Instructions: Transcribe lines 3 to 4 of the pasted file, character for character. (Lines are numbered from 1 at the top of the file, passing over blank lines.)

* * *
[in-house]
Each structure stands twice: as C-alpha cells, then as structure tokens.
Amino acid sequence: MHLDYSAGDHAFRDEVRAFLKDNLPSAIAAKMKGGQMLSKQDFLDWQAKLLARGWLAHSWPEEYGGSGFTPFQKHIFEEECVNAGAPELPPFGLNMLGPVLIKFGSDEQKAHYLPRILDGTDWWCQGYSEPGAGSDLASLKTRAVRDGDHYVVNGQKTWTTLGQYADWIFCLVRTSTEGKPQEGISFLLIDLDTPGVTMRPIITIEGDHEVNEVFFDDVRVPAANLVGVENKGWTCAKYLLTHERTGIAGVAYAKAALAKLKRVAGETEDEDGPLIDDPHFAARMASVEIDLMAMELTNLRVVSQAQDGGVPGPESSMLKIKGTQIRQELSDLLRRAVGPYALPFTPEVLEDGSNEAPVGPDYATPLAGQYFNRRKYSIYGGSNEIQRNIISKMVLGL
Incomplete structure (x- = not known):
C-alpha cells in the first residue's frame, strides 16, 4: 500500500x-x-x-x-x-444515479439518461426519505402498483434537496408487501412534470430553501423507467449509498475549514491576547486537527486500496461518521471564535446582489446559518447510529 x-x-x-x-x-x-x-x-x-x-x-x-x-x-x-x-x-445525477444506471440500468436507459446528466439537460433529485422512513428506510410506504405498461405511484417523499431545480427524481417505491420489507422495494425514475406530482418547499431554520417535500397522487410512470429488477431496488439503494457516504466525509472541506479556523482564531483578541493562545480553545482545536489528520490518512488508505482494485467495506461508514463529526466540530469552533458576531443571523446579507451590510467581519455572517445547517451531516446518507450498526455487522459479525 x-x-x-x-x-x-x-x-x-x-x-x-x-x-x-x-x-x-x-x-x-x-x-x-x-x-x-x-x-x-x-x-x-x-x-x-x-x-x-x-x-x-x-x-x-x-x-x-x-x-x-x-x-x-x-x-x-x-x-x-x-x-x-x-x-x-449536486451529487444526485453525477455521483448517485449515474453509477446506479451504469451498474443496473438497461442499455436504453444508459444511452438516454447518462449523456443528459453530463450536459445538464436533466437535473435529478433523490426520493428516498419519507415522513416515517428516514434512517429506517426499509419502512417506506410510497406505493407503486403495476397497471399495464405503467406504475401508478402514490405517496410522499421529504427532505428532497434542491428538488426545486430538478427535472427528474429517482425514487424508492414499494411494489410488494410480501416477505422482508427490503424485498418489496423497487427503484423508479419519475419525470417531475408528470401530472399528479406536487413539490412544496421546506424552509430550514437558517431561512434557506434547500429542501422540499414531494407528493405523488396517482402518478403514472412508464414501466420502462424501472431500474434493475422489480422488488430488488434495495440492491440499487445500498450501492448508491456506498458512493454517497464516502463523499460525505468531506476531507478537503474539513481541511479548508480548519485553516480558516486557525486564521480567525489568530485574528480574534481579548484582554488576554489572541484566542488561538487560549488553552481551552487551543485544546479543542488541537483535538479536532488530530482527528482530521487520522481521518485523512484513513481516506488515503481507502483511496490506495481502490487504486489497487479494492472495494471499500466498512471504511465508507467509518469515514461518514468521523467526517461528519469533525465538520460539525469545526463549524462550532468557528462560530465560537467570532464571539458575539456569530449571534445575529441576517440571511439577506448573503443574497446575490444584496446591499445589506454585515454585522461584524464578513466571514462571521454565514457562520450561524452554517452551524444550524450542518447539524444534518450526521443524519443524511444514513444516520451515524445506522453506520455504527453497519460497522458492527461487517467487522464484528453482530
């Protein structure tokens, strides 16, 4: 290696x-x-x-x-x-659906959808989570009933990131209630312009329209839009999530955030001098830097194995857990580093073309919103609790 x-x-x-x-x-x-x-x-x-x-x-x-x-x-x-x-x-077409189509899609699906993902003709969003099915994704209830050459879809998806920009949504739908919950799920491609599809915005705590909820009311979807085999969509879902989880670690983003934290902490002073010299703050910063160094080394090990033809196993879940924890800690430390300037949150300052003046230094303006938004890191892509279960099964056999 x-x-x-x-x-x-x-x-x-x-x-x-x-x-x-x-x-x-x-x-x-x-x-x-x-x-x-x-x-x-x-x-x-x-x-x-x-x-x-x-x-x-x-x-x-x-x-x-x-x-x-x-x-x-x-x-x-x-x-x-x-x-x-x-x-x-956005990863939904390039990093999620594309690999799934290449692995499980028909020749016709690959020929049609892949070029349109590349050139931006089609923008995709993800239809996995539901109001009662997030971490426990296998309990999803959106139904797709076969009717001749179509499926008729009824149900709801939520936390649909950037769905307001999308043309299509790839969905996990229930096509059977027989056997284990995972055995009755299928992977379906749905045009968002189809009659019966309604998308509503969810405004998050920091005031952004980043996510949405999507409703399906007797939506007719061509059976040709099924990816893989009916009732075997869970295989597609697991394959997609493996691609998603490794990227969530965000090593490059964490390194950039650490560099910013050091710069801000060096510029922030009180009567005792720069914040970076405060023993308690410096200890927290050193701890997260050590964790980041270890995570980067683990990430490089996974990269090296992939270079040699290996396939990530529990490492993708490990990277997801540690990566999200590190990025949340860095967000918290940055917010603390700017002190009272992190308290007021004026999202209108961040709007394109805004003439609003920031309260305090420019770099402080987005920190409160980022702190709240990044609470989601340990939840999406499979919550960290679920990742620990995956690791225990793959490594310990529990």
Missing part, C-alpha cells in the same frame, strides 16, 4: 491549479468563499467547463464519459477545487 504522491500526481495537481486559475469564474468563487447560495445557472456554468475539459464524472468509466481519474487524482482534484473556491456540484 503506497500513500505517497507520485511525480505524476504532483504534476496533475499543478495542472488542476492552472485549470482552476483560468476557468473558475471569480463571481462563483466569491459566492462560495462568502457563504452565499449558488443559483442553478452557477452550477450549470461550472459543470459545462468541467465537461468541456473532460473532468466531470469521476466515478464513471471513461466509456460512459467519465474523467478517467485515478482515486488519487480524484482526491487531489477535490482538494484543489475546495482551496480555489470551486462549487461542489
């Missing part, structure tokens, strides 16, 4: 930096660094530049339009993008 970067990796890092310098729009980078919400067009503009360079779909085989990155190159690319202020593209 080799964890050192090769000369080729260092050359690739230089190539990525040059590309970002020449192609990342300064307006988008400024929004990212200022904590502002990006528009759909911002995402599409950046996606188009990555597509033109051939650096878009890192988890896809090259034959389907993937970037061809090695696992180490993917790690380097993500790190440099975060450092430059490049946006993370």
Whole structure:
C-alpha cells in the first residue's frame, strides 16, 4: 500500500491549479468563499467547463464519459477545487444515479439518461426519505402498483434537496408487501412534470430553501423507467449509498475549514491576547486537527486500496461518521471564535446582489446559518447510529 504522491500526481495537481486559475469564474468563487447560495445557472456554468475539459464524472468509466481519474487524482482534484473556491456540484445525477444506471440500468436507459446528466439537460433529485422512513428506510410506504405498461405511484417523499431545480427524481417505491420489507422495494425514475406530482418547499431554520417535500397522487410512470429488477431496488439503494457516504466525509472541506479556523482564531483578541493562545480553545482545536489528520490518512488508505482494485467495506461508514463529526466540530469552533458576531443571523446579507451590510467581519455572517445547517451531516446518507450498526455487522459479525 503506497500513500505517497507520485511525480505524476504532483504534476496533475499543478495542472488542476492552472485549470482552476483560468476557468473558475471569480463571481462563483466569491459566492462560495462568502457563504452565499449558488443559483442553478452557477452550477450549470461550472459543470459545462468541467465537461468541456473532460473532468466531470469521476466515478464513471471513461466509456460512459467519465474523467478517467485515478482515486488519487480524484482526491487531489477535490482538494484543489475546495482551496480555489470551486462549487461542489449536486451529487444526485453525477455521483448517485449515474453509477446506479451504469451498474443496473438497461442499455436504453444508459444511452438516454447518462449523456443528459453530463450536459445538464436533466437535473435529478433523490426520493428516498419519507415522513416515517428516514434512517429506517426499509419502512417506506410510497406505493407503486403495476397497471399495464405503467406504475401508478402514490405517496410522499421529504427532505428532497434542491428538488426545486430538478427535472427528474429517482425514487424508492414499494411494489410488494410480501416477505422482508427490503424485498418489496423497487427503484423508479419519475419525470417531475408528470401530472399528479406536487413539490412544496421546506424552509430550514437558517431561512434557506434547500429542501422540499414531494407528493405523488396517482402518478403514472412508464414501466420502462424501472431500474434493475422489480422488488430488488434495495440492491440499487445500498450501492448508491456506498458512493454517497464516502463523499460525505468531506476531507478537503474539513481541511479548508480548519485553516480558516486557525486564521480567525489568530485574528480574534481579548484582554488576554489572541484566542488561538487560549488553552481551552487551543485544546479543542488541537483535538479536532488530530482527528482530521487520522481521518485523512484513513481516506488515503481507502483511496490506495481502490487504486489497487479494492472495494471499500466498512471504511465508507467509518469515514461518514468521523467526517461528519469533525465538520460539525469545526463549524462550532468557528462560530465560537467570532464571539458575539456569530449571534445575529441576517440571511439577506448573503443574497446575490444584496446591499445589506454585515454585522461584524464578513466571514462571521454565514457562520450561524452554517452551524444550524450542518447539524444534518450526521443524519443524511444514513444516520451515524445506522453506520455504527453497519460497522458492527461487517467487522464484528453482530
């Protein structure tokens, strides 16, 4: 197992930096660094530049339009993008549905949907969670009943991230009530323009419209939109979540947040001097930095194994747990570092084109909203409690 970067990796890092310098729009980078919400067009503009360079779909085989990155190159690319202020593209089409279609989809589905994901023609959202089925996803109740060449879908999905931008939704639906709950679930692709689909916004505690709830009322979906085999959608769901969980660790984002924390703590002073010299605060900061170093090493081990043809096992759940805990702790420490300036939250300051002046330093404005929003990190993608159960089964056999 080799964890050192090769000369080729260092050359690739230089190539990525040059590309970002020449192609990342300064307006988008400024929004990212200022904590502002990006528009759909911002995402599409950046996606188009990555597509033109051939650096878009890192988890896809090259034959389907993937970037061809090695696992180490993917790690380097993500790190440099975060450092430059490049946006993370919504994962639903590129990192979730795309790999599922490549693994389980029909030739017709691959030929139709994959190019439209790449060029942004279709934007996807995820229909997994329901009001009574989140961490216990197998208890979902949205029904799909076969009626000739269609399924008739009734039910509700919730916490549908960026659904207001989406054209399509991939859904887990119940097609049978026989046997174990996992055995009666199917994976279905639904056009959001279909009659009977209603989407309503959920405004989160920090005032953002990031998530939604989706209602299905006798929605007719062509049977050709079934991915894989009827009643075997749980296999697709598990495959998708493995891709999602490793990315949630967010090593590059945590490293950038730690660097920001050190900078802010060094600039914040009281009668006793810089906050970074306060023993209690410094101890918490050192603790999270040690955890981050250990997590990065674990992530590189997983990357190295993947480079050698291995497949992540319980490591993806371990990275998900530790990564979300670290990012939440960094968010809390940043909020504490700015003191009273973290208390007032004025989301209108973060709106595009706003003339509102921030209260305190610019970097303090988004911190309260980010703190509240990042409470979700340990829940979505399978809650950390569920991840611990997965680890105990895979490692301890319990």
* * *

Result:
Amino acid sequence: MHLDYSAGDHAFRDEVRAFLKDNLPSAIAAKMKGGQMLSKQDFLDWQAKLLARGWLAHSWPEEYGGSGFTPFQKHIFEEECVNAGAPELPPFGLNMLGPVLIKFGSDEQKAHYLPRILDGTDWWCQGYSEPGAGSDLASLKTRAVRDGDHYVVNGQKTWTTLGQYADWIFCLVRTSTEGKPQEGISFLLIDLDTPGVTMRPIITIEGDHEVNEVFFDDVRVPAANLVGVENKGWTCAKYLLTHERTGIAGVAYAKAALAKLKRVAGETEDEDGPLIDDPHFAARMASVEIDLMAMELTNLRVVSQAQDGGVPGPESSMLKIKGTQIRQELSDLLRRAVGPYALPFTPEVLEDGSNEAPVGPDYATPLAGQYFNRRKYSIYGGSNEIQRNIISKMVLGL
Incomplete structure (x- = not known):